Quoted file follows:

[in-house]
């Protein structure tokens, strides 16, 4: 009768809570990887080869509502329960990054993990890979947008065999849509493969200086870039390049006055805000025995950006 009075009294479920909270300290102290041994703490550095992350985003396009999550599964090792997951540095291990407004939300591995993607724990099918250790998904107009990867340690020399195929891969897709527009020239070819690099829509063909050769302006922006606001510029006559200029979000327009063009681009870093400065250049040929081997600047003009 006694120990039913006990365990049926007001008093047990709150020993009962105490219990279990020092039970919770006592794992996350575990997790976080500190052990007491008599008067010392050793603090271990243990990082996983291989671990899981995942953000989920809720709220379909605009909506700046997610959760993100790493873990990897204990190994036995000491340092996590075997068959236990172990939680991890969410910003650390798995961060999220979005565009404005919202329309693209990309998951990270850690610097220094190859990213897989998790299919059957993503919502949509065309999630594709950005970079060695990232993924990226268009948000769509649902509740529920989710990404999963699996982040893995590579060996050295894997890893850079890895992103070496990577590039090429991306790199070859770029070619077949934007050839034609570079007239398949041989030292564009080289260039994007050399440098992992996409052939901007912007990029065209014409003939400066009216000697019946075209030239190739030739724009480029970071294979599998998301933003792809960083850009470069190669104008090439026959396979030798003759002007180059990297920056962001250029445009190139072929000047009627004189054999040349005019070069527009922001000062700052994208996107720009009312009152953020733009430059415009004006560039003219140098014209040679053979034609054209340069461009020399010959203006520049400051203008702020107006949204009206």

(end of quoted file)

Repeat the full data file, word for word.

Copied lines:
[in-house]
């Protein structure tokens, strides 16, 4: 009768809570990887080869509502329960990054993990890979947008065999849509493969200086870039390049006055805000025995950006 009075009294479920909270300290102290041994703490550095992350985003396009999550599964090792997951540095291990407004939300591995993607724990099918250790998904107009990867340690020399195929891969897709527009020239070819690099829509063909050769302006922006606001510029006559200029979000327009063009681009870093400065250049040929081997600047003009 006694120990039913006990365990049926007001008093047990709150020993009962105490219990279990020092039970919770006592794992996350575990997790976080500190052990007491008599008067010392050793603090271990243990990082996983291989671990899981995942953000989920809720709220379909605009909506700046997610959760993100790493873990990897204990190994036995000491340092996590075997068959236990172990939680991890969410910003650390798995961060999220979005565009404005919202329309693209990309998951990270850690610097220094190859990213897989998790299919059957993503919502949509065309999630594709950005970079060695990232993924990226268009948000769509649902509740529920989710990404999963699996982040893995590579060996050295894997890893850079890895992103070496990577590039090429991306790199070859770029070619077949934007050839034609570079007239398949041989030292564009080289260039994007050399440098992992996409052939901007912007990029065209014409003939400066009216000697019946075209030239190739030739724009480029970071294979599998998301933003792809960083850009470069190669104008090439026959396979030798003759002007180059990297920056962001250029445009190139072929000047009627004189054999040349005019070069527009922001000062700052994208996107720009009312009152953020733009430059415009004006560039003219140098014209040679053979034609054209340069461009020399010959203006520049400051203008702020107006949204009206």